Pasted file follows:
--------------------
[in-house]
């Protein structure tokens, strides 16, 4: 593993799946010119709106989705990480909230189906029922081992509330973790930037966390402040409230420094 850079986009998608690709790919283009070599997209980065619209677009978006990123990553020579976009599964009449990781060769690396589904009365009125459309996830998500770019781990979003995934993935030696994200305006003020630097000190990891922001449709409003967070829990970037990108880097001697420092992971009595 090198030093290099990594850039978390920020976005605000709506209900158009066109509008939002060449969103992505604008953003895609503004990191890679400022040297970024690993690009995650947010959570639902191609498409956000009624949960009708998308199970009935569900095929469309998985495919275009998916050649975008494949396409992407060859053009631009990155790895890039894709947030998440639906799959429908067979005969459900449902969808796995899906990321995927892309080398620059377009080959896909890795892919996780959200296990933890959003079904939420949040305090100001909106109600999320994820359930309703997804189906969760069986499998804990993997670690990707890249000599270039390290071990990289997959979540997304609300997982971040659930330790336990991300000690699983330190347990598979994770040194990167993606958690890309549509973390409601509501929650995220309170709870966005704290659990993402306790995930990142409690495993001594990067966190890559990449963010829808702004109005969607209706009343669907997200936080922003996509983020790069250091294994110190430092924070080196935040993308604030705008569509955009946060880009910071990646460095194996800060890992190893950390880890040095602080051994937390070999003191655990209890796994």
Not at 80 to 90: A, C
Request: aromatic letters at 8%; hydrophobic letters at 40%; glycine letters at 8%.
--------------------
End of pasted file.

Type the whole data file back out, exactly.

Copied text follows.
[in-house]
């Protein structure tokens, strides 16, 4: 593993799946010119709106989705990480909230189906029922081992509330973790930037966390402040409230420094 850079986009998608690709790919283009070599997209980065619209677009978006990123990553020579976009599964009449990781060769690396589904009365009125459309996830998500770019781990979003995934993935030696994200305006003020630097000190990891922001449709409003967070829990970037990108880097001697420092992971009595 090198030093290099990594850039978390920020976005605000709506209900158009066109509008939002060449969103992505604008953003895609503004990191890679400022040297970024690993690009995650947010959570639902191609498409956000009624949960009708998308199970009935569900095929469309998985495919275009998916050649975008494949396409992407060859053009631009990155790895890039894709947030998440639906799959429908067979005969459900449902969808796995899906990321995927892309080398620059377009080959896909890795892919996780959200296990933890959003079904939420949040305090100001909106109600999320994820359930309703997804189906969760069986499998804990993997670690990707890249000599270039390290071990990289997959979540997304609300997982971040659930330790336990991300000690699983330190347990598979994770040194990167993606958690890309549509973390409601509501929650995220309170709870966005704290659990993402306790995930990142409690495993001594990067966190890559990449963010829808702004109005969607209706009343669907997200936080922003996509983020790069250091294994110190430092924070080196935040993308604030705008569509955009946060880009910071990646460095194996800060890992190893950390880890040095602080051994937390070999003191655990209890796994």
Not at 80 to 90: A, C
Request: aromatic letters at 8%; hydrophobic letters at 40%; glycine letters at 8%.